Meet us at European Commission sponsored events in Brussels

Net Futures 2015
is a new addition to the range of European Commission organised conferences in the ICT domain. The conference will bring together a large number of interest groups working on the following topics: internet of things, open source developments, the cloud, smart cities, and novel types of ICT-driven entrepreneurship. It will also include consultation meetings that cover cross-cutting topics such as network technologies, software & services, cloud, net innovation, and experimental platforms. The event will be structured around three pillars that represent stages in the life-cycle of an idea: research and innovation, technological validation, and final delivery to market. Net Futures 2015 will be on 25 - 26 March in Brussels. See http://netfutures2015.eu.

On 18 - 19 June 2015, the City of Lisbon will be hosting a major EUROCITIES event on Cities for Accessibility, Jobs and Inclusion. Under the heading “Together towards barrier-free Europe”, the conference will discuss how cities can ensure that everyone, including people with disabilities, the elderly and parents with children can fully participate in society. From the built environment and transport to public websites, accessibility is crucial for the quality of life as well as social and labour market inclusion of many residents. The conference will bring together stakeholders from the EU as well as national, regional and local levels to discuss how to steer the accessibility agenda together. Attendees will be policy makers from the EU, national, regional and local authorities, representatives of civil society and human rights organisations, trade unions, business associations, and research and academia. See http://www.eurocities.eu/eurocities/events/Conference-Cities-for-Accessibility-together-towards-barrier-free-Europe-

7 - 8 July 2015 marks the 2nd International Conference on Collective Awareness Platforms for Sustainability and Social Innovation (CAPS). An entire ecosystem of initiatives innovates the European and worldwide societies through a plurality of voices and approaches, including social entrepreneurship, crowdfunding, sharing economy, P2P, sustainable consumption, just to mention a few. What they all have in common is the use of the internet and the internet of things as a lever to scale, engage, ideate, debate, impact and overall tackle societal challenges. CAP4Access belongs to the first batch of CAPS projects that have started in late 2013 and early 2014. This international annual event provides existing projects and initiatives with an opportunity to discuss their impact, increase their visibility, develop synergies and roadmaps, and liaise with any interested stakeholders: civil society organisations, NGOs, local communities, students and hackers, academic and industrial institutions, policy makers, national agencies, new Members of the European Parliament. See http://caps-conference.eu/ .

This is a free e-newsletter published by CAP4Access, a project co-funded by the European Commission. It is implemented by a consortium led by empirica GmbH, in cooperation with Elche City Council, Fraunhofer Institute for Intelligent Analysis & Information Systems, MappingForChange, University of Valencia (Polibienestar Research Institute), Sozialhelden e.V., University College London (Accessibility Research Group), University of Heidelberg (GIScience Research Group), and Centre for Social Innovation. The project interacts with the public under the label MyAccessible.EU, also hosting a related website at http://MyAccessible.EU.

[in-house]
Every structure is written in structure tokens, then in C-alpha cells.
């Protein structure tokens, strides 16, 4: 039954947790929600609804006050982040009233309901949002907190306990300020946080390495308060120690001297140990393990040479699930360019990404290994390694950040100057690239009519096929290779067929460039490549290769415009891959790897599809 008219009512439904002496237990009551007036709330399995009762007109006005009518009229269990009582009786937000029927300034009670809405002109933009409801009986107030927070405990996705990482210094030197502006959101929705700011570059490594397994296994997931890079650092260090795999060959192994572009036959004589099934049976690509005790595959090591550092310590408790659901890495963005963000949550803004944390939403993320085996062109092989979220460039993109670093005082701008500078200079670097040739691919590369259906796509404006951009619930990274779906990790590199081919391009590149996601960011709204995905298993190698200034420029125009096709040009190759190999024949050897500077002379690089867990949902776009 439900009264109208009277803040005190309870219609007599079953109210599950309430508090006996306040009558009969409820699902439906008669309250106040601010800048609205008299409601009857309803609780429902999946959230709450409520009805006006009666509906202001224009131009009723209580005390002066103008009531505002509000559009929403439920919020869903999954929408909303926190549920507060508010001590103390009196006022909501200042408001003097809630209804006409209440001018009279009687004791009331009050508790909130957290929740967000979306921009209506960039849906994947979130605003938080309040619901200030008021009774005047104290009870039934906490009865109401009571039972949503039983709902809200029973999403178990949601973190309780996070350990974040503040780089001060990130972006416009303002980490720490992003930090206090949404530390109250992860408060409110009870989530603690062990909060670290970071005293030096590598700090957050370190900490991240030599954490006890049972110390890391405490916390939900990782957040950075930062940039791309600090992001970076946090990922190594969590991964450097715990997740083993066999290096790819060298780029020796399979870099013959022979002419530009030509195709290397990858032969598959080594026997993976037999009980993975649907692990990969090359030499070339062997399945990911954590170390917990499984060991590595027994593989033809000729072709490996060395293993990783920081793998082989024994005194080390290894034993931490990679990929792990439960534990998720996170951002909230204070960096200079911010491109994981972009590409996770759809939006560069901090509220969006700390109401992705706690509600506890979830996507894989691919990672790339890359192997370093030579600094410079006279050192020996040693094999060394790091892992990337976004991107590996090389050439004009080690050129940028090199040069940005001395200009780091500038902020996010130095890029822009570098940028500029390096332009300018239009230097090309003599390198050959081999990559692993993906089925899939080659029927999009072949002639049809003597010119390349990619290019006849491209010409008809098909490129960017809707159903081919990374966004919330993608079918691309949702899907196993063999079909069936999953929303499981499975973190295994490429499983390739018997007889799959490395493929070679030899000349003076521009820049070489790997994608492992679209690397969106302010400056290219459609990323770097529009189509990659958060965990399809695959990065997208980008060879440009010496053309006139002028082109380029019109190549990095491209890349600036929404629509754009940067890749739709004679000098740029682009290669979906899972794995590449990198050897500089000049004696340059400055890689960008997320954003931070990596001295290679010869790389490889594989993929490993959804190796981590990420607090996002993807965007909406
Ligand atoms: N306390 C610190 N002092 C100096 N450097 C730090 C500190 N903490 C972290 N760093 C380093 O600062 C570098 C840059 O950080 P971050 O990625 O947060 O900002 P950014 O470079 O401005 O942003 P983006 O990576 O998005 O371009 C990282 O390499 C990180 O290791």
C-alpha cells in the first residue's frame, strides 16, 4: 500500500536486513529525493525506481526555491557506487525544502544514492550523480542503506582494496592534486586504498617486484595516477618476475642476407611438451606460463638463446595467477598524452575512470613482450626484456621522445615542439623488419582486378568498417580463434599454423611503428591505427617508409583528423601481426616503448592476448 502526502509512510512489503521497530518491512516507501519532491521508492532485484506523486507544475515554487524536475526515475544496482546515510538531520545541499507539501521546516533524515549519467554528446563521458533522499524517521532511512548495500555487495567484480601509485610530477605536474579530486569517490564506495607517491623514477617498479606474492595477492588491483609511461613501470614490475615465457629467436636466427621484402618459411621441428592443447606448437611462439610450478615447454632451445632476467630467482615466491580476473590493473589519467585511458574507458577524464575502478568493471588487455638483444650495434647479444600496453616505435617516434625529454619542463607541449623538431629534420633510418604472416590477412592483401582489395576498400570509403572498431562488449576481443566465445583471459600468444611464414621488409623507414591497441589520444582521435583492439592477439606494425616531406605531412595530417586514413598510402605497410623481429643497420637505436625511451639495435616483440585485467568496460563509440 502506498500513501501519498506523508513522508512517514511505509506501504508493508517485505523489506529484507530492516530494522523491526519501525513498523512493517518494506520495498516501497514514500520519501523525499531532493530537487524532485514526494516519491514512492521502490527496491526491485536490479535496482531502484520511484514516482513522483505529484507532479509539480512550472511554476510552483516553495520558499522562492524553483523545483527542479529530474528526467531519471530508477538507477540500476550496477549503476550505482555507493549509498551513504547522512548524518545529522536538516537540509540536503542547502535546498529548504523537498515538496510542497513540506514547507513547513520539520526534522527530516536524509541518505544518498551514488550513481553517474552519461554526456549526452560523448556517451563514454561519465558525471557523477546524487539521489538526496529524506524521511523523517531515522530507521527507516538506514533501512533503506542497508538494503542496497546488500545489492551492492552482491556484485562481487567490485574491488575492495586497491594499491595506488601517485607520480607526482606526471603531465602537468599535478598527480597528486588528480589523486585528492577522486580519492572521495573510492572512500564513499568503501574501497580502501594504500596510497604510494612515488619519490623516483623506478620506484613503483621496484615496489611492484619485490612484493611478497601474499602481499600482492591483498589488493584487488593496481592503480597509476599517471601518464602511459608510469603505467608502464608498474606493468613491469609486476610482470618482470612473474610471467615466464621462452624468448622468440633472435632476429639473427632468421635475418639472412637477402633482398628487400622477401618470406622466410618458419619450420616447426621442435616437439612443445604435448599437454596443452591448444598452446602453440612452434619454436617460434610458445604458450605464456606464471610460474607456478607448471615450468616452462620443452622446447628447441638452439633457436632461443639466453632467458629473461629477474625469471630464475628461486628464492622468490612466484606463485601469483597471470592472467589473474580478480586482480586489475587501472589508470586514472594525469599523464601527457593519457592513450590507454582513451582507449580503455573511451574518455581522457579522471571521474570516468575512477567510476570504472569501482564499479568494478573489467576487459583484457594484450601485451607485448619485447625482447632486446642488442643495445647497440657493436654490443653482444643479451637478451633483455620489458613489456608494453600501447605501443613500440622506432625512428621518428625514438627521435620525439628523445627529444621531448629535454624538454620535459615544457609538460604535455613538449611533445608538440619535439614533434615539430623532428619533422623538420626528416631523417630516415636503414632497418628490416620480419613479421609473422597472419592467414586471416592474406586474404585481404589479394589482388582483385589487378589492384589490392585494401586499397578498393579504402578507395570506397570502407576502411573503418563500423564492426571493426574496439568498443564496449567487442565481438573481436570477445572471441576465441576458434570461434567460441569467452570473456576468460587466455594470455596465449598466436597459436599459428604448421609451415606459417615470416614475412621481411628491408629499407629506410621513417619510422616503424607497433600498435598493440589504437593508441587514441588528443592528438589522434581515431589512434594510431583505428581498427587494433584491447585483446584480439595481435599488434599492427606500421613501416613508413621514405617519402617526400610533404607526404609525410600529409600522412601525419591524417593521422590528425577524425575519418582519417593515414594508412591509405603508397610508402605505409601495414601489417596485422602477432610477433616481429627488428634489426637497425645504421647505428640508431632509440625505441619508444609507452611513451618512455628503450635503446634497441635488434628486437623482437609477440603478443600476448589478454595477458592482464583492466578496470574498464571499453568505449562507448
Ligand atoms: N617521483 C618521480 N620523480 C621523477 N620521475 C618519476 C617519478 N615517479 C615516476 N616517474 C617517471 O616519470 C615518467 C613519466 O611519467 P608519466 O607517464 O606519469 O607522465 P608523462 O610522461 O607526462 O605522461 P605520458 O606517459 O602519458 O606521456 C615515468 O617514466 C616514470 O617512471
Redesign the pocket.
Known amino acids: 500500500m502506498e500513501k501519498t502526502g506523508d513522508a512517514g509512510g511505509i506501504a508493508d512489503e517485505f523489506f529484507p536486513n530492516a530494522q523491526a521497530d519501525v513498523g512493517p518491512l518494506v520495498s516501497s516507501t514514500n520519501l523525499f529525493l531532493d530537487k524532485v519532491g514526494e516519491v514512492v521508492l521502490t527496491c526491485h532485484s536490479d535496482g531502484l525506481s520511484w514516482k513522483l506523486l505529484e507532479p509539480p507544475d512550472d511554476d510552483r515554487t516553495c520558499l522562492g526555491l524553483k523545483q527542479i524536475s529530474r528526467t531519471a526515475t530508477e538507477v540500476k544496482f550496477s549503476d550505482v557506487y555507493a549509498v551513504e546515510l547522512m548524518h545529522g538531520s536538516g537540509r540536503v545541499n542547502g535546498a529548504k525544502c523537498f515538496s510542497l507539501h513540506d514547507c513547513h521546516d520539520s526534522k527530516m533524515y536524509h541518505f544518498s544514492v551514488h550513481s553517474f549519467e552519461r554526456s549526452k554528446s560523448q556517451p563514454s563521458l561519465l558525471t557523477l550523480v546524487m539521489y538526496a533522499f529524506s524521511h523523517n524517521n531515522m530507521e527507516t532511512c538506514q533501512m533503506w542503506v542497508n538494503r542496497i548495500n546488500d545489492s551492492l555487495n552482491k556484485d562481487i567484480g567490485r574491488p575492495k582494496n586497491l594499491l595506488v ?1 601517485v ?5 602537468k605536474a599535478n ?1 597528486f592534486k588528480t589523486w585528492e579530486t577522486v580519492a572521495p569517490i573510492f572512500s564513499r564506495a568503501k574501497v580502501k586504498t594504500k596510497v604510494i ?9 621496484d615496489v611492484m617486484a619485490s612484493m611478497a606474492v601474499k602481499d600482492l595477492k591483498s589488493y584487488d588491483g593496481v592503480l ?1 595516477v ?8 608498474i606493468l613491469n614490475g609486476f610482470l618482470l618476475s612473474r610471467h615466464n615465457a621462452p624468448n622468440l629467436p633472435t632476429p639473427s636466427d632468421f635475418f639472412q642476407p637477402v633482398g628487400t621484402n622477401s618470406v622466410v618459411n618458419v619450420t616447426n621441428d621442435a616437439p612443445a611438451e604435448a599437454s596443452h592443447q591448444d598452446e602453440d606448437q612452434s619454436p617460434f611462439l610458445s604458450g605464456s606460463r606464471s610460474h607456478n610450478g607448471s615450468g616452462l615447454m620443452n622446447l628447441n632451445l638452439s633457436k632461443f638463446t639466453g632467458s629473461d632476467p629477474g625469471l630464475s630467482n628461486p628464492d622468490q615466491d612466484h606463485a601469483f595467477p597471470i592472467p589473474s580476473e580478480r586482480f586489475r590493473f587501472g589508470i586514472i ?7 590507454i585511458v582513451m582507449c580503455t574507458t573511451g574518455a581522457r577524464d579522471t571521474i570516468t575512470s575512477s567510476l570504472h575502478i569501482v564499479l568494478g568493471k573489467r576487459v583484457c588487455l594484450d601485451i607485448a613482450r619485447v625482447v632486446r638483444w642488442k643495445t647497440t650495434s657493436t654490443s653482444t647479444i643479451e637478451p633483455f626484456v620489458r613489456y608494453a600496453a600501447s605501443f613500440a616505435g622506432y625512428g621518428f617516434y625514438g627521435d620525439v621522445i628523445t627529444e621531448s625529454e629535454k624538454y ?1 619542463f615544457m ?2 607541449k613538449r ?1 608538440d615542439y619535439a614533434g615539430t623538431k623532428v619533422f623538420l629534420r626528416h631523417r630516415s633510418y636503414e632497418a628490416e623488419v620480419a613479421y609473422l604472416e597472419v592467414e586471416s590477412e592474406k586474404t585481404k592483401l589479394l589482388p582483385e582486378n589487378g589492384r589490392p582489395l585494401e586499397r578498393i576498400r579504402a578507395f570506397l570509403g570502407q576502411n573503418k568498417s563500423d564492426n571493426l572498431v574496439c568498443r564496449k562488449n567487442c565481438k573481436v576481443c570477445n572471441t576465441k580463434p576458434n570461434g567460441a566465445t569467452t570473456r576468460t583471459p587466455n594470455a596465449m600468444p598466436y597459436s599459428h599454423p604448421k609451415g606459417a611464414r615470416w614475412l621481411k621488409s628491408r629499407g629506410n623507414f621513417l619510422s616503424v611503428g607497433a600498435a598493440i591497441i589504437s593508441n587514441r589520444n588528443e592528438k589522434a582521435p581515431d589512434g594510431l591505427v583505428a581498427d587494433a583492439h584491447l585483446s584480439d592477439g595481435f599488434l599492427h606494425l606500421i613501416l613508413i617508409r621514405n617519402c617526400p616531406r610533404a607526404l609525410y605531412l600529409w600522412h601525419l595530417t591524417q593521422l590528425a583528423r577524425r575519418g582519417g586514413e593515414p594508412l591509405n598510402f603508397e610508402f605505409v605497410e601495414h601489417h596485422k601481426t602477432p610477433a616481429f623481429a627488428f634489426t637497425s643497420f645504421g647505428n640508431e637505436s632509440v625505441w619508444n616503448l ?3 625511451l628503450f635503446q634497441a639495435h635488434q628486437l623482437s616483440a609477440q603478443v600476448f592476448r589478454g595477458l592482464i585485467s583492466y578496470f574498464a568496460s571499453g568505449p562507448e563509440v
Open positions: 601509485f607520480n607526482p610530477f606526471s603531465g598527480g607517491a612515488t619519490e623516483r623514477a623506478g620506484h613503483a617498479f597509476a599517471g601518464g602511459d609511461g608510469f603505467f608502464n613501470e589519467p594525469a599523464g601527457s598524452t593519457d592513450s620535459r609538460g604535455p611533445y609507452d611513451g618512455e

Contact person: Karsten Gareis, Project Manager, empirica GmbH (karsten.gareis@empirica.com).
Legal notice: The content of this e-newsletter was prepared by CAP4Access consortium partners and represents their personal views. These views have not been adopted or in any way approved by the European Commission and should not be relied upon as a statement from the European Commission. Reproduction is authorised provided that the source is acknowledged.

With the Geo-reCAPTCHA we present a new concept for crowdsourcing of vast amounts of geoinformation by micro-mapping tasks.

The paper can be downloaded free of charge (until 22 May 2015).

In our study we investigated the possibilities and limitations of capturing building footprints via Geo-reCAPTCHA based on remote sensing imagery. We could analyze more than 2200 individual digitizations and conclude that all technical requirements are addressed in our Geo-reCAPTCHA system design. Thus, Geo-reCAPTCHA offers an appropriate alternative to reCAPTCHA regarding CAPTCHA security as well as the resulting data quality.

Above that, there are further geographic applications and potential use cases in which data from Geo-reCAPTCHA could be integrated. One use case could be to contribute to the digitization of base maps in crisis-prone parts of the worlds where maps are missing. Moreover, Geo-reCAPTCHA could be used to classify remote sensing data. For example, Geo-Wiki could utilize Geo-reCAPTCHA to update the global land cover classification by presenting random parts of satellite images in which the predominant land cover class (e.g., forests, agricultural, or urban areas) should be digitized. Beyond that, even 3D earth observation data in the form of laser scanning point cloud data can be classified by identifying objects within the point cloud (e.g., a house or a tree) using Geo-reCAPTCHA. These LiDAR datasets are particularly relevant for establishing reference object libraries, such as for vegetation objects where the large amount of reference object features improves automatic 3D tree characterization.

Hillen, F. & Höfle, B. (2015): Geo-reCAPTCHA: Crowdsourcing large amounts of geographic information from earth observation data. International Journal of Applied Earth Observation and Geoinformation. Vol. 40 (0), pp. 29-38.